*All quotes are taken from the ARC and are subject to change*
Overall: 4.5/5 Stars
Plot and Themes: 5/5
Awesomeness Factor: 4/5
Review in a Nutshell: Field Notes on Love is a light, cute read that you won’t be able to help but devour. It’s the perfect YA contemporary to make you feel gooey and happy.
“The truth is, love isn’t just one word. At least not for him. It’s different things for different people.”
// Content Warning: Death, Homophobia (Mention), Racism (Mention) //
– Premise –
Field Notes on Love is told from two perspectives. Hugo is one of six, a sextuplet, and desperate to know who he is away from his siblings. When his girlfriend breaks up with him, and leaves him the tickets for their cross country train ride, with her name linked to the reservations, he needs to find another Margaret Campbell to go with him. When Mae (short for Margaret) Campbell sees his offer online, she decides this adventure may be what she needs to become a better filmmaker and experience more of the world.
– Writing –
This book is just so happy. While there’s definitely tension and drama, this book still managed to feel light hearted while occasionally dealing with some heavier topics. The writing is adorable, funny, and extremely relatable. Jennifer E. Smith chose such a fun and unique setting- a cross country railroad- to highlight this fun story. Having never been on a long train ride, I loved reading about Hugo & Mae’s travels, and seeing the various locations they get to visit.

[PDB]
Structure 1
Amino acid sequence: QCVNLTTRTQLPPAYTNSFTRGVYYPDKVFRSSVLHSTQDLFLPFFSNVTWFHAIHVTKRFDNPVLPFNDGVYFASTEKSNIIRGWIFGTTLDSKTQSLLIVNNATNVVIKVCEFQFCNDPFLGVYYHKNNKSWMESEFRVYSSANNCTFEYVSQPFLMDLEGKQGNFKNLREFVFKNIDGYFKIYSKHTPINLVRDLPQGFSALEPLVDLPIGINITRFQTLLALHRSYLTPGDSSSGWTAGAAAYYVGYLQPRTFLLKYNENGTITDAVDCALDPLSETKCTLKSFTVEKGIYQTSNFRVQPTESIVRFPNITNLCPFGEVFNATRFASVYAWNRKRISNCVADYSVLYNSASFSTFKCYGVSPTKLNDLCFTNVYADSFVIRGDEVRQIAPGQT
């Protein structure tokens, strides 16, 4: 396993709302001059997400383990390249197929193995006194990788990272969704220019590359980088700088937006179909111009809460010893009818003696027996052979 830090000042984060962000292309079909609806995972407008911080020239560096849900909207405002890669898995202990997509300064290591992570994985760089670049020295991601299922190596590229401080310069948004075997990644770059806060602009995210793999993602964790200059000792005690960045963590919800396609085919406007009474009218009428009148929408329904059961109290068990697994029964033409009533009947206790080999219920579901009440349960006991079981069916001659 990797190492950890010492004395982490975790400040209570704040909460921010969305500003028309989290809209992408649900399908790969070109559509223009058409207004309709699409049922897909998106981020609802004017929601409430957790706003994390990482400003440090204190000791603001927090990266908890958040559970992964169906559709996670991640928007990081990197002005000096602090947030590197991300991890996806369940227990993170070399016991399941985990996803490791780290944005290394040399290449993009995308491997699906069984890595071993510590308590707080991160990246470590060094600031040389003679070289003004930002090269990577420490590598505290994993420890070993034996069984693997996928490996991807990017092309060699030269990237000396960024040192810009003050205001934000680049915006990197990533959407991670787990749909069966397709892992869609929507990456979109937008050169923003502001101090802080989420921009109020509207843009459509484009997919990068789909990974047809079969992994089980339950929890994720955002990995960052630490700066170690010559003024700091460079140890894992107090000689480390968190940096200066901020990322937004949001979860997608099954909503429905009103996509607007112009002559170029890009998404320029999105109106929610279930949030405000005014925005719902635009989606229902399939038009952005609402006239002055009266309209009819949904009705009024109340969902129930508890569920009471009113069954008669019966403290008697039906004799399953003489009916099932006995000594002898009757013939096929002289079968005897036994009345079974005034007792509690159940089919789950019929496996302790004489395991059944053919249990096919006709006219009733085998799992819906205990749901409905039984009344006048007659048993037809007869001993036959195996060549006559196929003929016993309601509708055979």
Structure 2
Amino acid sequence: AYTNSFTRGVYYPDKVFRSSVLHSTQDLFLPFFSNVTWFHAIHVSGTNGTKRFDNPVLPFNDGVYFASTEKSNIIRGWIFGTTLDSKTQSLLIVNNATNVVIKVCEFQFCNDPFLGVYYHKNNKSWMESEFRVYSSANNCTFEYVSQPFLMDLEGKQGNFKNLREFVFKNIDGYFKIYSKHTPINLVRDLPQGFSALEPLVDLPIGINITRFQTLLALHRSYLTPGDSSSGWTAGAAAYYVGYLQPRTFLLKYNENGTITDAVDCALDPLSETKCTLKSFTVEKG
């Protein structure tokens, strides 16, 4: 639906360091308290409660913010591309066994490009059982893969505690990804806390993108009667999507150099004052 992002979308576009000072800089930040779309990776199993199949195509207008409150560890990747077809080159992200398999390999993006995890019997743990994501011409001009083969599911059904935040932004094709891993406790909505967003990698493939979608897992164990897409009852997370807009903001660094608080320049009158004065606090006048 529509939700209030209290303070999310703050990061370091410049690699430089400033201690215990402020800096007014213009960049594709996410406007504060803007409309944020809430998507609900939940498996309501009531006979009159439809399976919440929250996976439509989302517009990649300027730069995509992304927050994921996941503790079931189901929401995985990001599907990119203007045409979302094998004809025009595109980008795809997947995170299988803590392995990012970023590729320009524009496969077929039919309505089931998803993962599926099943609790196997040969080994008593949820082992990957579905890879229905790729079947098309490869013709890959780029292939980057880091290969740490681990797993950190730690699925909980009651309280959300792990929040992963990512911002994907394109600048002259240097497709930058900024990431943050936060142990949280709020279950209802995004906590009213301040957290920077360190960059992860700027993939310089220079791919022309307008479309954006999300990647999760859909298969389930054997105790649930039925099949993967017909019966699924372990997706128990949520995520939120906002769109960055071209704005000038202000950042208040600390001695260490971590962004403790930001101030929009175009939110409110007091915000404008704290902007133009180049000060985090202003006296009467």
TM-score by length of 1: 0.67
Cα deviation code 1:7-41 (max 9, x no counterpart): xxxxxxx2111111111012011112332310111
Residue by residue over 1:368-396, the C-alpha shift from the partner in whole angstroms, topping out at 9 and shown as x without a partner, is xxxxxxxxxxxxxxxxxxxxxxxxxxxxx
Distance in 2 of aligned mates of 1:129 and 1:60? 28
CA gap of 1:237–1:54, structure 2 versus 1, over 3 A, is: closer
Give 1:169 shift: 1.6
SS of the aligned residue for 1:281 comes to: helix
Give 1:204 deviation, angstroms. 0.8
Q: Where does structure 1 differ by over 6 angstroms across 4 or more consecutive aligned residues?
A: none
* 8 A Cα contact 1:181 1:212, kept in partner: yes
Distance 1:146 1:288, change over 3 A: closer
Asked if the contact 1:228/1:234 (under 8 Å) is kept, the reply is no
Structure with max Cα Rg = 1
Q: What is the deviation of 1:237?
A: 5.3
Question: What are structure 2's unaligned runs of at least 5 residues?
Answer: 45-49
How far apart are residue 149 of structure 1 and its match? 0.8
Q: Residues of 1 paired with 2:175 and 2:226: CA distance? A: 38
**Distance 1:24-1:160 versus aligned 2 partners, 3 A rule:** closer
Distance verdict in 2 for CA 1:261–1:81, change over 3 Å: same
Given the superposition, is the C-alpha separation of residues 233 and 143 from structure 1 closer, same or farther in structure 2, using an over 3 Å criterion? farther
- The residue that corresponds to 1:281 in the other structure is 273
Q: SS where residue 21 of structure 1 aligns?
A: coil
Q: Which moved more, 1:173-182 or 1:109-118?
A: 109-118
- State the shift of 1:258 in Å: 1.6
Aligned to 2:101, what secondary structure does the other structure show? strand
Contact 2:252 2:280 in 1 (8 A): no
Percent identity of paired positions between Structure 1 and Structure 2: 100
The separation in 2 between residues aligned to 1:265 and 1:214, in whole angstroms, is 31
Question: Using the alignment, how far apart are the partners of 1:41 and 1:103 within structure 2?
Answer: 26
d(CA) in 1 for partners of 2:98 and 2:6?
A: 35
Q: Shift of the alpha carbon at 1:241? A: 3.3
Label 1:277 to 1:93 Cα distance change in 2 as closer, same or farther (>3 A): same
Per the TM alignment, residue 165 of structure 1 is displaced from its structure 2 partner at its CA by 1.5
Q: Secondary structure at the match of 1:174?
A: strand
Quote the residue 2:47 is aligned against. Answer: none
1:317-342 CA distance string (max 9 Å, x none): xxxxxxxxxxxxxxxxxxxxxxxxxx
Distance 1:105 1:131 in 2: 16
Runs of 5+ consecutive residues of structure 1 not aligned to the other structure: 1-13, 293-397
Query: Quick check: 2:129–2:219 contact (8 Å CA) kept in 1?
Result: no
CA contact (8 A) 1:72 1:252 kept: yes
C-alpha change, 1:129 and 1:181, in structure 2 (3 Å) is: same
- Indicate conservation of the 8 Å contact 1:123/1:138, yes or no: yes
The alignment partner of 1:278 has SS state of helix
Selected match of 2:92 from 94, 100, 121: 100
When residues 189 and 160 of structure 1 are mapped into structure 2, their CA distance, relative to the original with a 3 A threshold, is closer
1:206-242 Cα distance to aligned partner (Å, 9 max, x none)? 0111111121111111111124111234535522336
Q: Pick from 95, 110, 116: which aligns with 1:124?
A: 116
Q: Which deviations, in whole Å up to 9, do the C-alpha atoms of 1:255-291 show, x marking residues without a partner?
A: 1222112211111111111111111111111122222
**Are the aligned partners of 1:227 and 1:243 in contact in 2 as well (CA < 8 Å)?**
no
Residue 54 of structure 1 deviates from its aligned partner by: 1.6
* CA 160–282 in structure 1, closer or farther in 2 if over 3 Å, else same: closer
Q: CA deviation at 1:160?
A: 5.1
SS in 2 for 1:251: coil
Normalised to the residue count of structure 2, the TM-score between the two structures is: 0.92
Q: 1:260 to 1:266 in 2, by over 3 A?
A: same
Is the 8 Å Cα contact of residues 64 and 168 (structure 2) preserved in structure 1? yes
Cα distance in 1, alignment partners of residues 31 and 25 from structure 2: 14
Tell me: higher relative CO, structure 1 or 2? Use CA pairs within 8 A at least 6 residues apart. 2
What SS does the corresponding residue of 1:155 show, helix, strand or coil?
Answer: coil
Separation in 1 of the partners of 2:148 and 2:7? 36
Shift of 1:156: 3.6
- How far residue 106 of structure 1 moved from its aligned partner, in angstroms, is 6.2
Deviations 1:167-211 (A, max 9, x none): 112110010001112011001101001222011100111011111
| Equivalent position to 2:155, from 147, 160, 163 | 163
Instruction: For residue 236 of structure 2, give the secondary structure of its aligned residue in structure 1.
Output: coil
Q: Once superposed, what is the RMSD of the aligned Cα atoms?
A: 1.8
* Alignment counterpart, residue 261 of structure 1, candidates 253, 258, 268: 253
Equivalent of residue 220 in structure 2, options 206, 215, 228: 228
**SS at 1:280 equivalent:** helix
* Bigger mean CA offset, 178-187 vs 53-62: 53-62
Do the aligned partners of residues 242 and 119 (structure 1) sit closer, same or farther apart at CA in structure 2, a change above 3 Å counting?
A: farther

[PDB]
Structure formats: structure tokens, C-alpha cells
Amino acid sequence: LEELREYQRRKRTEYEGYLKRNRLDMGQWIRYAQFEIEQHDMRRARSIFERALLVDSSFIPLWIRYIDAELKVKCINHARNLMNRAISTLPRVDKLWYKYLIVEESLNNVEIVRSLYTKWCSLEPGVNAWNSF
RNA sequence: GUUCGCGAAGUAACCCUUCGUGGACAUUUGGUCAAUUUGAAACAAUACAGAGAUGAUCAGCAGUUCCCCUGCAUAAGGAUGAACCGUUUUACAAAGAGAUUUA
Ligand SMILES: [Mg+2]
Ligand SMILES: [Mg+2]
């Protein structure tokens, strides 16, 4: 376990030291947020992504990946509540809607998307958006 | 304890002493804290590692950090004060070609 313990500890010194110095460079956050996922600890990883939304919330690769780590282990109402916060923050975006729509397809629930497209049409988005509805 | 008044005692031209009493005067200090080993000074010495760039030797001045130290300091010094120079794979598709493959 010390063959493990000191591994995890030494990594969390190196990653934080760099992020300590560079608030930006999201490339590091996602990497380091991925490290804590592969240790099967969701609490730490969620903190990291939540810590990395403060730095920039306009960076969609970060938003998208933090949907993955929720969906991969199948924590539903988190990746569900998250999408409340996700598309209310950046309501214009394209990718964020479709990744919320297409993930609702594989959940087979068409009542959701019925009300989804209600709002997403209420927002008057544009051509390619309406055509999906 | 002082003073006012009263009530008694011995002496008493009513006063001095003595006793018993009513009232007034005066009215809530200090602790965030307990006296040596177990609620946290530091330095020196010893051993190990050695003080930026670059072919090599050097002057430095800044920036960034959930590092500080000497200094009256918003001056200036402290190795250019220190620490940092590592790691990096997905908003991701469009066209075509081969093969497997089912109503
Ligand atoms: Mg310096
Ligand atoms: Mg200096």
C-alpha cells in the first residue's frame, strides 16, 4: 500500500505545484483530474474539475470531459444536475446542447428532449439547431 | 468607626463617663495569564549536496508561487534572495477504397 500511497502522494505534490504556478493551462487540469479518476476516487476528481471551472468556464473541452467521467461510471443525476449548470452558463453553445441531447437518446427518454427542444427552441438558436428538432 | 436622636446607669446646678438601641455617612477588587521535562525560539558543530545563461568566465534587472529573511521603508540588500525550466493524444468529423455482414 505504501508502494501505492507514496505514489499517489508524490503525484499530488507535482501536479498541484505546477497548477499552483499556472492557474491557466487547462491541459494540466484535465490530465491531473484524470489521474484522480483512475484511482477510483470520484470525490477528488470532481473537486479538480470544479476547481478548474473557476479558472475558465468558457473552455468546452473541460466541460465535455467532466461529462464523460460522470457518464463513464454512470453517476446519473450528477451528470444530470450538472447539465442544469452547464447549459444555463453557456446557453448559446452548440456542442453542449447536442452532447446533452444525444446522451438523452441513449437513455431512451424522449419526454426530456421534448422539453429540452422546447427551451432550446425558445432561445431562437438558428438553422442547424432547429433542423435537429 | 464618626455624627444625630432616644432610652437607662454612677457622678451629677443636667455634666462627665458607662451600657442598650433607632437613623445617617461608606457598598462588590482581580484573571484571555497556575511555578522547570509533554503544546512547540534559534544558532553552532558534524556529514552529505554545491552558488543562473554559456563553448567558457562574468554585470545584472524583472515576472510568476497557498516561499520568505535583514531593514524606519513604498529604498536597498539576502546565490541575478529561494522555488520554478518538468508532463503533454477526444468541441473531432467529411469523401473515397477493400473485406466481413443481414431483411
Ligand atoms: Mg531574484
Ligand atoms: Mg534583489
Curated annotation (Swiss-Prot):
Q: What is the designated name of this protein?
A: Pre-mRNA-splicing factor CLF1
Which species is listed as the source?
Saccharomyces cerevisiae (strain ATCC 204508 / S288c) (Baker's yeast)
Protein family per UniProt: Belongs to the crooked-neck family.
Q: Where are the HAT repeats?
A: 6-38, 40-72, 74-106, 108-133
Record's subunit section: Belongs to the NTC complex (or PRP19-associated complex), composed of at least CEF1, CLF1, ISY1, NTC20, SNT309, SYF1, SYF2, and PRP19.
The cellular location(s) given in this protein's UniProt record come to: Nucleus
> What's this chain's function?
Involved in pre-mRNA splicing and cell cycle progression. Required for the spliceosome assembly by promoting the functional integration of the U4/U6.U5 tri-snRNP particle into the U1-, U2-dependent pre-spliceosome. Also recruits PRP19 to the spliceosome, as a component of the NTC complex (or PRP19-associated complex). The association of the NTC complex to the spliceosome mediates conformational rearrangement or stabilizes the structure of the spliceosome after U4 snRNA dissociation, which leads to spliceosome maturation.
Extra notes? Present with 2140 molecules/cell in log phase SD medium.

– Plot –
Okay, so I think I’ve emphasized enough how fun this book is, but there are some great themes and character arcs woven into the plot that add depth. The pages fly by, making this book easy to finish in just one sitting. It never gets too heavy, but it still manages to have plenty of heart.
– Characters –
Hugo is too precious. He was pure sunlight in the form of a fictional character. His relationship between him and his family is so pure and sweet, while also being realistic about the downsides of being born as part of a team of six, and how that affects him and his sense of individuality. Mae also has a great relationship with her family- her two dads and her grandmother- but what I really loved was her personal development and her ambitions. It’s great seeing a female protagonist be the one with walls and barriers, and seeing her struggle to be vulnerable.
”Be good. Be brave. Be yourself.”
– Conclusion –
Pros- Great characters, fun setting
Cons- There are some heavier issues that get a brief mention but then are never brought up again and it felt like they were kinda brushed over
Overall- 4.5/5 stars.
If you’re looking for something quick and cute to put a smile on your face, pick up Field Notes on Love.